Report from John Vernon who visited Kamuli Mission Hospital in March 2015

“I was the only medical student visiting Kamuli for the first two weeks, and was then joined by another Nottingham medic for the final month. There was plenty of opportunity to get involved. There are around 300 beds, with medical, surgical, maternity, and paediatric wards, and an outpatient department. During my time there were three full-time junior doctors (although one was away on leave), a medical superintendent (senior doctor), and a volunteer British GP trainee.

The resources at the hospital include a pharmacy stocked with basic medication, and a good supply of consumables such as sterile gloves and cannulas. Although there is a recently installed generator, it was not surprising when the lights went out in theatre for a short period of time (or perhaps worse, the fans!). There is a basic lab, and simple tests such as an FBC can be requested, as well as basic radiography, although this, as was the case with all investigations, had to be paid for by the patient. The wards are basic but perfectly adequate.

Inpatients have an attendant (usually a family member) who perform many of the tasks that might be performed by an HCA in UK, such as washing and (outside-long-drop) toileting, The nurses, supported by nursing students from the attached school of nursing and midwifery, perform many of basic practical jobs, such as cannulating and catheterising, in addition to doing drug rounds and observations.

Accommodation is currently being constructed for visitors, and will most likely be ready for future elective students. During my stay I spent a few nights in a private maternity room, before moving to a flat in a nearby technical college, which was the height of luxury, with cooking equipment, electricity, western toilets, and wifi! Kamuli is a small place, with some shops for the basics. There are a few restaurants, mainly serving the standard fare of goat meat with carbs, and transport around town involves jumping on a boda-boda (motorbike) with a few of your friends.

Prepare to be intimidated by the competency, skill, and confidence of the Ugandan doctors. Two juniors (F2 equivalent) managed all of the inpatients and did all of the operations while I was there, and not just minor operations either; they do major surgery including bowel resections, orthopaedics, gynae surgery… the works! They were incredibly friendly (as I found all Ugandans to be), very keen to teach, and also very keen to get me involved. They also understood that training in the UK does not afford the kind of opportunities to get hands-on as does training in Uganda, and didn’t hold it against me. Before graduating from medical school, Ugandan doctors are required to be competent to do caesarian sections and operations alone. The closest I got as an undergraduate was holding a retractor, so when asked if I wanted to do the next ‘caesar’, the doctors were not too surprised when I admitted I wasn’t quite ready…

Operations are performed using ketamine, with basic manoeuvres to maintain the airway, which meant I was able to practice my jaw thrust in theatre a few times. There is no HDU or ITU, limited options for antibiotic treatment, and often limited patient resources to pay for medication anyway. In one memorable case, a patient with an obvious post operative DVT could not afford heparin or warfarin, and so her treatment consisted or aspirin 300mg and prayer. It can be challenging to experience the reality of medicine in a developing country, and I felt sympathy for both the patients and their families, as well as the doctors who were trying their best in difficult circumstances.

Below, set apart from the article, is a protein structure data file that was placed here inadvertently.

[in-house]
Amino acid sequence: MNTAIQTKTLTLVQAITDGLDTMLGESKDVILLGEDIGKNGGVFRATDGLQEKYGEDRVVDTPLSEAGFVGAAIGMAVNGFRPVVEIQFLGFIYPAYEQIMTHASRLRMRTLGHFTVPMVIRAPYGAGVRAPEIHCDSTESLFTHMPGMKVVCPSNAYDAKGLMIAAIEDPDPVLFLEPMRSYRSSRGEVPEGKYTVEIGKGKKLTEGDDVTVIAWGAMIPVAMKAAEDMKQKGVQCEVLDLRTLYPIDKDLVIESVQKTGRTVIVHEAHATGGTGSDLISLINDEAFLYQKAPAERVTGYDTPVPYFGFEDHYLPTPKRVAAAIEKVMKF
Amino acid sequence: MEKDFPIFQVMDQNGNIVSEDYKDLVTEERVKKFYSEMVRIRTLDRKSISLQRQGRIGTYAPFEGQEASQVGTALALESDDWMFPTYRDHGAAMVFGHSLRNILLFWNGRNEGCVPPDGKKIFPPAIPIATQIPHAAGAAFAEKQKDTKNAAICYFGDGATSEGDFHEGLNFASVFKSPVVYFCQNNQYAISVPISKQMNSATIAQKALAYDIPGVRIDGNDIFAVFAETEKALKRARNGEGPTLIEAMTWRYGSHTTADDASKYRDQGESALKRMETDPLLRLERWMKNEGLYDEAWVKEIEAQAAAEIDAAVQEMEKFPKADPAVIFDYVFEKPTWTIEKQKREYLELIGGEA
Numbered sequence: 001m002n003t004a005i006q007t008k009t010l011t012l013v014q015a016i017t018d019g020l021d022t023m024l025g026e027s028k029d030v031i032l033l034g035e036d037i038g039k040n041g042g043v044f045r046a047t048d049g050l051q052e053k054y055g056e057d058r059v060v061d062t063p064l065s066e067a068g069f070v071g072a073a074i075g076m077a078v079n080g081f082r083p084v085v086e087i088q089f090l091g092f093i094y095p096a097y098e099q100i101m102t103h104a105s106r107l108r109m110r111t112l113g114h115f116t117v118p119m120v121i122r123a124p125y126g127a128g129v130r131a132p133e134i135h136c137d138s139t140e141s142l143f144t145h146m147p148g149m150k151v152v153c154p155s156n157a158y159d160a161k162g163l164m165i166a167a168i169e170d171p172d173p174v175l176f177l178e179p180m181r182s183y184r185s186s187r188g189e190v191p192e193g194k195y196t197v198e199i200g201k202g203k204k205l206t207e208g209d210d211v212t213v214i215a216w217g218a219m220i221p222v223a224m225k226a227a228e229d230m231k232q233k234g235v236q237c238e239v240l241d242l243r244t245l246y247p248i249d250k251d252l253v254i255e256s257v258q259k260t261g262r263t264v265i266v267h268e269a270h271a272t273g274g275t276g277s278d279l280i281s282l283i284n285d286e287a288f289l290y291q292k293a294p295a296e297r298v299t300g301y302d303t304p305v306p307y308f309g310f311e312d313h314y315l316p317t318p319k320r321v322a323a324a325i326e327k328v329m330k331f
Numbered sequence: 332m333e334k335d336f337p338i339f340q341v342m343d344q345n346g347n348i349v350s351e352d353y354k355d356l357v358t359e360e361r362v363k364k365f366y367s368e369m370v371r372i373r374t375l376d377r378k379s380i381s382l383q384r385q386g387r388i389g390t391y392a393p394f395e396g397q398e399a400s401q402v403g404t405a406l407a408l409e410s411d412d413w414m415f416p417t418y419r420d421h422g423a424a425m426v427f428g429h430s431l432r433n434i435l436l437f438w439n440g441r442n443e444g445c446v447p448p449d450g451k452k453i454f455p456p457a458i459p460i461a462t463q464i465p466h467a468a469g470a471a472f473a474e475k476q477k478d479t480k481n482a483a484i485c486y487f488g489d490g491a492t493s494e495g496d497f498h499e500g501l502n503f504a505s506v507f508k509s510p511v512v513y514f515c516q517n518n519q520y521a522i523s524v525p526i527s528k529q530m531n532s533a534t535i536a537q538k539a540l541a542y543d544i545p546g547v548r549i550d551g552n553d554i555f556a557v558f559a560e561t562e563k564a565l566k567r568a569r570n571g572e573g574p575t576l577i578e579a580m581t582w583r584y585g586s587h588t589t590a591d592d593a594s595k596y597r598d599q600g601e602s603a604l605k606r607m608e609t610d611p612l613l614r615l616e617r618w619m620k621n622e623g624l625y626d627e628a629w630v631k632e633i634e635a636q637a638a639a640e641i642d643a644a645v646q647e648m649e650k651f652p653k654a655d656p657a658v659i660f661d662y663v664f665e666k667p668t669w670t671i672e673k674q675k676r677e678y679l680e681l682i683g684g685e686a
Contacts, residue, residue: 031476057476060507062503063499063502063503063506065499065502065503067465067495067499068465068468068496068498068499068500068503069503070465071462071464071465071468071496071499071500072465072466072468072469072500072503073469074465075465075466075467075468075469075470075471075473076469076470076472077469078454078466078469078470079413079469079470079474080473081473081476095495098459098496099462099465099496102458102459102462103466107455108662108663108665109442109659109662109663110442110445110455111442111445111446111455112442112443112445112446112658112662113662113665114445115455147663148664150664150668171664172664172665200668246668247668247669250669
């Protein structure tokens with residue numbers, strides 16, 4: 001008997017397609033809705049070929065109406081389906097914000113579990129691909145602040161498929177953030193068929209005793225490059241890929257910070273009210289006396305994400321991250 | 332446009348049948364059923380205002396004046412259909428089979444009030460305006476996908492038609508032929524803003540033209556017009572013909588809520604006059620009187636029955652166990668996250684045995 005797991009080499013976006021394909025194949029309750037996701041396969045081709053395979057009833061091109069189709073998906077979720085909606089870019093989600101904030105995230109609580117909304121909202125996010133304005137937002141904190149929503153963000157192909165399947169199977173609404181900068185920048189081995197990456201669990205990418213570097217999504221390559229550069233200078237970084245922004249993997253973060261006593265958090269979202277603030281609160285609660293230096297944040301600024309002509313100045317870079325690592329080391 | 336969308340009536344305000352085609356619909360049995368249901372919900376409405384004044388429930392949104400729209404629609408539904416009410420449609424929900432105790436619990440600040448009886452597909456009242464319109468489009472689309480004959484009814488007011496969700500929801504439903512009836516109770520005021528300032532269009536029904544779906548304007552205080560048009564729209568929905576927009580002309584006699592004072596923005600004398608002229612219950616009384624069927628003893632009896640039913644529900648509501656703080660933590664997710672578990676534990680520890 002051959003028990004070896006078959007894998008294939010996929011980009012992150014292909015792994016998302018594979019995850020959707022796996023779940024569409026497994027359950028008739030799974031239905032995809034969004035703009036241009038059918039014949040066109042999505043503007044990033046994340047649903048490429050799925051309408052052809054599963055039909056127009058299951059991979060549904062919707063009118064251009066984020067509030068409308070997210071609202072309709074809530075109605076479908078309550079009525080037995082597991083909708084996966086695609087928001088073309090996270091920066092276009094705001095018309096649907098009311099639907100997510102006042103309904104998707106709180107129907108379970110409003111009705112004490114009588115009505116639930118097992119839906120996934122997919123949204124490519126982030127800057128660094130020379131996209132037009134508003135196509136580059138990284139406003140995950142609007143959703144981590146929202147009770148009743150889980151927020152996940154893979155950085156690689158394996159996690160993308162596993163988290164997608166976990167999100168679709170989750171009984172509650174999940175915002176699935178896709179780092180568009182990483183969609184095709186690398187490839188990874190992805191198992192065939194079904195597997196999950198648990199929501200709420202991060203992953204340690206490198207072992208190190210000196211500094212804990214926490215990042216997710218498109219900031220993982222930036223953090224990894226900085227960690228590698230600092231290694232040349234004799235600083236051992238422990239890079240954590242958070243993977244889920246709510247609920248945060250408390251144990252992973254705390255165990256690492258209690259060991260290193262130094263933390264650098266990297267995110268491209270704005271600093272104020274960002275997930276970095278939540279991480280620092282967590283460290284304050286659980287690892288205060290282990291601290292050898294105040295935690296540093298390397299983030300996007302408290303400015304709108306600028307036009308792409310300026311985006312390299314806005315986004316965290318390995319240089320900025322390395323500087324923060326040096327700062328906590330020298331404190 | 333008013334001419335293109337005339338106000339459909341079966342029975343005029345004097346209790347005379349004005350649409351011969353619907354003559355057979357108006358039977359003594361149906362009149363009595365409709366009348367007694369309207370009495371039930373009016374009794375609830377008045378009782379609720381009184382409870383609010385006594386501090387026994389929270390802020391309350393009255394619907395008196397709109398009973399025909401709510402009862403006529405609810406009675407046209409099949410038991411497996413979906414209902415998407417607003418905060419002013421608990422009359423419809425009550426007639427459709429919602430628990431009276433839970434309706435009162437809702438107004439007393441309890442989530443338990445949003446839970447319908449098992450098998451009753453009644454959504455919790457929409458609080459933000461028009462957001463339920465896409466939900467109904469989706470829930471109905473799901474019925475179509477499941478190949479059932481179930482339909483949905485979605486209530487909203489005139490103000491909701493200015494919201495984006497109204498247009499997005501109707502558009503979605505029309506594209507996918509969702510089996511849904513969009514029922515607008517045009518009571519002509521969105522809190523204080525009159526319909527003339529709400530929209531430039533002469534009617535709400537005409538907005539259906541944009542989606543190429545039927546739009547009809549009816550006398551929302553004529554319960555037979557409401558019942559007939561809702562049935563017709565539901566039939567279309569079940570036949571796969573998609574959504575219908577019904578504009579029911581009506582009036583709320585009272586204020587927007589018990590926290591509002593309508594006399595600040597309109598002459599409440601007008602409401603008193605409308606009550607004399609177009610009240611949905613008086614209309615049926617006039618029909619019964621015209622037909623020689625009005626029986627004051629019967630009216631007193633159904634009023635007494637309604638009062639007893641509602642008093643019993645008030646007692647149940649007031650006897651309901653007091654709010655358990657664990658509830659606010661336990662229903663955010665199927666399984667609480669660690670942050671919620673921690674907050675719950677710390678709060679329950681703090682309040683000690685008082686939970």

The hospital is supported by the catholic church, with nuns working on the wards, and a priest providing spiritual support and performing the odd exorcism. However, there seemed to be no requirement for visitors to participate in worship.

Life in Uganda is very relaxed, and my timetable was flexible. Days generally involved joining one of the doctors for the morning ward round at 9, which continued until lunch. After lunch I usually spent my time in theatre, assisting with planned or emergency operations as required. I did the odd weekend shift, but had plenty of time to see some of Uganda in addition to spending time at the hospital. We were able to have a gander abound the local area, visit Jinja a few times (where amongst other things, world famous rafting can be enjoyed along the river Nile), see Kampala, Entebbe, and Mbale, and climb Mount Elgon (4321m). We chose to travel by matatu (public minibus), and had no problems. Both my fellow Nottingham student and I found Uganda to be one of the safest places in which we have travelled.

During my time at the hospital I was able to, amongst other things:

  • participate in the daily ward rounds (on all wards), eventually feeling confident enough to, with my fellow Nottingham medic, review patients alone
  • get involved in theatre, assisting with a huge variety of operations, including helping a visiting fistula surgery team
  • carry out some basic operations such as incision and drainage, with supervision
  • get much better at suturing
  • do my first lumbar puncture
  • do a lot of examinations of women in labour
  • practice my jaw thrust

I am absolutely sure that I will spend more time working in Africa, and my career plans have been influenced by both my experiences in Uganda, as well as my desire to return with useful skills in the future. I hope that by training to be a surgeon, in the future I will be in a position to be useful in places such as Kamuli.

I would encourage any healthcare student or worker to spend time in Uganda, and Kamuli is the perfect place to visit; the people are amazing, and there are incredible opportunities to share ideas, learn, and make a difference. I was sad to be leaving, and look forward to a return visit soon.”